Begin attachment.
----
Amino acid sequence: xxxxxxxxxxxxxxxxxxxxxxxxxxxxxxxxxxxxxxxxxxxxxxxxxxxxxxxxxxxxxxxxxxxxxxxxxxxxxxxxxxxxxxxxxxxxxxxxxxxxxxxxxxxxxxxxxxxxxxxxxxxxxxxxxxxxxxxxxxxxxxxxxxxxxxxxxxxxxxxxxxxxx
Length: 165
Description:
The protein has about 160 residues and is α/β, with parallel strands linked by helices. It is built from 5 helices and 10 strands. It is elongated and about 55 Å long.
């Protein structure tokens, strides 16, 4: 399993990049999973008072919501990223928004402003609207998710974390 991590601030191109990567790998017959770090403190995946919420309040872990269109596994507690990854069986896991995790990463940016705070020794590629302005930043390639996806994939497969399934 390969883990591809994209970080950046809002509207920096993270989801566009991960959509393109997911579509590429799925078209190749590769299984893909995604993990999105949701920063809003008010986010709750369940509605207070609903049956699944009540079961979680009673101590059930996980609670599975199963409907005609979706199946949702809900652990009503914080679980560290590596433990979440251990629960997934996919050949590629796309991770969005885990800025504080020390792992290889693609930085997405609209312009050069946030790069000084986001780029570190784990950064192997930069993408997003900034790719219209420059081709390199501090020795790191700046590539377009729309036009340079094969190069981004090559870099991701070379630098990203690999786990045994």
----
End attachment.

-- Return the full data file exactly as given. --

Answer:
Amino acid sequence: xxxxxxxxxxxxxxxxxxxxxxxxxxxxxxxxxxxxxxxxxxxxxxxxxxxxxxxxxxxxxxxxxxxxxxxxxxxxxxxxxxxxxxxxxxxxxxxxxxxxxxxxxxxxxxxxxxxxxxxxxxxxxxxxxxxxxxxxxxxxxxxxxxxxxxxxxxxxxxxxxxxxx
Length: 165
Description:
The protein has about 160 residues and is α/β, with parallel strands linked by helices. It is built from 5 helices and 10 strands. It is elongated and about 55 Å long.
């Protein structure tokens, strides 16, 4: 399993990049999973008072919501990223928004402003609207998710974390 991590601030191109990567790998017959770090403190995946919420309040872990269109596994507690990854069986896991995790990463940016705070020794590629302005930043390639996806994939497969399934 390969883990591809994209970080950046809002509207920096993270989801566009991960959509393109997911579509590429799925078209190749590769299984893909995604993990999105949701920063809003008010986010709750369940509605207070609903049956699944009540079961979680009673101590059930996980609670599975199963409907005609979706199946949702809900652990009503914080679980560290590596433990979440251990629960997934996919050949590629796309991770969005885990800025504080020390792992290889693609930085997405609209312009050069946030790069000084986001780029570190784990950064192997930069993408997003900034790719219209420059081709390199501090020795790191700046590539377009729309036009340079094969190069981004090559870099991701070379630098990203690999786990045994």